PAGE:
The underground economy is vast; it comprises perhaps 10 percent - perhaps more - of America's overall economy, and it's on the rise. Eric Schlosser charts this growth, and finds its roots in the nexus of ingenuity, greed, idealism, and hypocrisy that is American culture. He reveals the fascinating workings of the shadow economy by focusing on marijuana, one of the nation's largest cash crops; pornography, whose greatest beneficiaries include Fortune 100 companies; and illegal migrant workers, whose lot often resembles that of medieval serfs.
All three industries show how the black market has burgeoned over the past three decades, as America's reckless faith in the free market has combined with a deep-seated Puritanism to create situations both preposterous and tragic. Through pot, porn, and migrants, Schlosser traces compelling parallels between underground and overground: how tycoons and gangsters rise and fall, how new technology shapes a market, how government intervention can reinvigorate black markets as well as mainstream ones, how big business learns - and profits - from the underground.
With intrepid reportage, rich history, and incisive argument, Schlosser illuminates the shadow economy and the culture that casts that shadow.
© 2003 Eric Schlosser; (P)2003 Simon & Schuster Inc. All rights reserved. AUDIOWORKS is an imprint of Simon & Schuster Audio Division, Simon & Schuster Inc.
"Like Fast Food Nation, this is an eye-opening book, offering the same high level of reporting and research." (Publishers Weekly)
"Schlosser's precise outrage is as compelling off as on the page." (AudioFile)
I really liked this book. Eric Slosser always brings an interesting point of view to a topic. I found myslelf questioning my notions on drugs and immigration.
My only negative is Mr. Slosser's voice. I found it a little drab and boring. The subject matter made up for that, but it was a little ditracting in the beginning.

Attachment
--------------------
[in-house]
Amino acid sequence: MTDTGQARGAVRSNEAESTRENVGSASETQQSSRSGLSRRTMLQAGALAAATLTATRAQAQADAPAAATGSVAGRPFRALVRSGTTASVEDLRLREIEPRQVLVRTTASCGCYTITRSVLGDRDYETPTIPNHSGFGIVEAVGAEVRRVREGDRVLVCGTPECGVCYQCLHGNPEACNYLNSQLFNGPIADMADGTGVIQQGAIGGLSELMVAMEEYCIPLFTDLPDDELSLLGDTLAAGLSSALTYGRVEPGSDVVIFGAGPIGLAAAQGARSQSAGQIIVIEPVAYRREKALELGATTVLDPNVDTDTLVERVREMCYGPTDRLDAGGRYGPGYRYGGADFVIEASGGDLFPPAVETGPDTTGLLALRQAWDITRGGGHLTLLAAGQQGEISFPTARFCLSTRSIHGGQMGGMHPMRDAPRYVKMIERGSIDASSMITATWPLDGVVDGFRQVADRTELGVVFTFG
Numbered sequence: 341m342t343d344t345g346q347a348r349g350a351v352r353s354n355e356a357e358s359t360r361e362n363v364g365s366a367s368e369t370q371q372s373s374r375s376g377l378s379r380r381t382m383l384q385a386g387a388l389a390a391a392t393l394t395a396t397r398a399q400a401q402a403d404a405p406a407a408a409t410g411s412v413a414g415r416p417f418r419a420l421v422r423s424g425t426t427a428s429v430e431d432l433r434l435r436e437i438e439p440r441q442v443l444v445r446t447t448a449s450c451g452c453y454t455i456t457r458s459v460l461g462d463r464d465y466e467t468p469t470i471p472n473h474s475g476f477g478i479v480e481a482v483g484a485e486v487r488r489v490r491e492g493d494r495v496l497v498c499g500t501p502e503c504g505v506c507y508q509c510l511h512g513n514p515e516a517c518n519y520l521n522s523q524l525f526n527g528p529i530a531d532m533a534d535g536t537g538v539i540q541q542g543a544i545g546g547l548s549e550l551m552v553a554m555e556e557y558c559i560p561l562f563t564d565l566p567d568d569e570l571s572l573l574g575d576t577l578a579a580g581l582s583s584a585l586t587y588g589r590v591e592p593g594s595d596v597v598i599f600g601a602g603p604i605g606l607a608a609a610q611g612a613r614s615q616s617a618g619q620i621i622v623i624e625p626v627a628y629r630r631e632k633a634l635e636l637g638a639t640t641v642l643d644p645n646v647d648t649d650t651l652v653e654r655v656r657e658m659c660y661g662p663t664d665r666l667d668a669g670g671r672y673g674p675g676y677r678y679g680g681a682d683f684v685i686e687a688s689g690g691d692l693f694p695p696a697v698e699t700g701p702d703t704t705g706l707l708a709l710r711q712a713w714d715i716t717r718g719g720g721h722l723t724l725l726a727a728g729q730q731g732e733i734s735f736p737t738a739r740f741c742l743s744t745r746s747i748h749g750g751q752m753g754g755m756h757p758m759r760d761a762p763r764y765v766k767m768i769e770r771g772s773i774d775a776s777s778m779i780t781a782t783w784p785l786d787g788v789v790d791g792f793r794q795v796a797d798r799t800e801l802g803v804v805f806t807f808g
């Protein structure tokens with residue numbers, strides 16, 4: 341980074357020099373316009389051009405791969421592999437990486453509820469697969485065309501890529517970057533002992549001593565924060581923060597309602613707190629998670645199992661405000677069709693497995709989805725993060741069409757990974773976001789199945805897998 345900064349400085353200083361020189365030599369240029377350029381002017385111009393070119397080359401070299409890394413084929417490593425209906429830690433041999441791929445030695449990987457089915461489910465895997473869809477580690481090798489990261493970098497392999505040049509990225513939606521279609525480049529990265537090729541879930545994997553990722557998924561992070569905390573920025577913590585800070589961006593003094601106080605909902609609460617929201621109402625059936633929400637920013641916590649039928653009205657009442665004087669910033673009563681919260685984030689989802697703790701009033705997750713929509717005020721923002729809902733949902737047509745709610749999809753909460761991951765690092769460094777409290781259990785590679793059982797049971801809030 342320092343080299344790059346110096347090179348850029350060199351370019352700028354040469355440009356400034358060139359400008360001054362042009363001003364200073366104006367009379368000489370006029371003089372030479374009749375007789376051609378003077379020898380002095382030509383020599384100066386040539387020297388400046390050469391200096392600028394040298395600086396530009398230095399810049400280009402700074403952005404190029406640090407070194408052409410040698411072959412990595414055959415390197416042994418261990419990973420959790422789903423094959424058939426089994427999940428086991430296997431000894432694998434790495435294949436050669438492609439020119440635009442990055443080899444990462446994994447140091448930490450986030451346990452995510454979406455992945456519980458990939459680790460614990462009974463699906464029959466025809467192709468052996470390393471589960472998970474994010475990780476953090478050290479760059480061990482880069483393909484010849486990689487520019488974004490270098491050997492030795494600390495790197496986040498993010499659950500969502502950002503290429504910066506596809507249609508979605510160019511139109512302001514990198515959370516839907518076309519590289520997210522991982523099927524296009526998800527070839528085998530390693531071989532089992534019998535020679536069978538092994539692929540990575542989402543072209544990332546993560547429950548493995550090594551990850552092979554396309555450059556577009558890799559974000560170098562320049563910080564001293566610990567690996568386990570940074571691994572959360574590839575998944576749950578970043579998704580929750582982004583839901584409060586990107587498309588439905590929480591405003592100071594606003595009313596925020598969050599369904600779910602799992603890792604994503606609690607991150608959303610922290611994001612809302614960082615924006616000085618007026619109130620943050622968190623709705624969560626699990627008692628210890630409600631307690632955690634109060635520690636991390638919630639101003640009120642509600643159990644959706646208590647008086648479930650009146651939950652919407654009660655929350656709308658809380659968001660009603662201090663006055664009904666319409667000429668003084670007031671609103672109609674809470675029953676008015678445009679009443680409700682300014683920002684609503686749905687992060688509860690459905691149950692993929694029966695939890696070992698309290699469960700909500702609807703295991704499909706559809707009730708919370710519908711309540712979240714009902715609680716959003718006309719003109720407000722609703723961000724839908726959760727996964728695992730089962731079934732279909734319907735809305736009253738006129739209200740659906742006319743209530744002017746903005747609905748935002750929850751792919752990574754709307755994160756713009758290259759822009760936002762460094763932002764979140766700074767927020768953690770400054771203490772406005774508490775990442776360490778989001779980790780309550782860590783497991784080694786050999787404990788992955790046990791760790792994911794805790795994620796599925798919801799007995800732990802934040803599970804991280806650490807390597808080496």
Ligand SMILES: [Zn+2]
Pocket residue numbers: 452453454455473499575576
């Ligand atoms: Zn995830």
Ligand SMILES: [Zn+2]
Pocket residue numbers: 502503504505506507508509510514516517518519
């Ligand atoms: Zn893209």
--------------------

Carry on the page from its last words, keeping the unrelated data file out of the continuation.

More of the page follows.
I bought this book with hig expectations. I was very impressed with the previous book by this author "Fast Food Nation" . I found this book a little too tedious and lengthy. I think an abriged version of this book might be a better "read". But, the biggest letdown was the narration. The narator of Fast Food Nation was very good, he kept the listner engaged with his enthusiatic style. Eric the author himself narrates this book and I found him very monotonous and boring.
This is the first book I've ever stopped listening to out of boredom and I've been a member for years. It's not that the author doesn't have points to make. It's that he takes so long to make them, and they hardly qualify as revelations.
Skip this title.
Say something about yourself!
This book is very very very very repetitive. You will here the same ideas and same examples multiple times. Don't bother.
Well researched with lots of facts, but read with dejection like a monotonous shopping list.
If insipid droning is your kind of thing, I strongly recommend this book.
Reefer Madness is fatalistic but in a very unique, unexciting kind of way.
A slanted shallow one sided view of the drug problem. It appears the author has had a little too much of the "reefer" he writes about. The premise of a tremendous underground economy is believeable. His stories of all the poor persecuted marijuana growers is too much too stomach. Stay away from this.
Eric's book dynamically portrays the reality of how food in modern day America is produced and challenges us to make conscious food choices for a saner planet. A must read!
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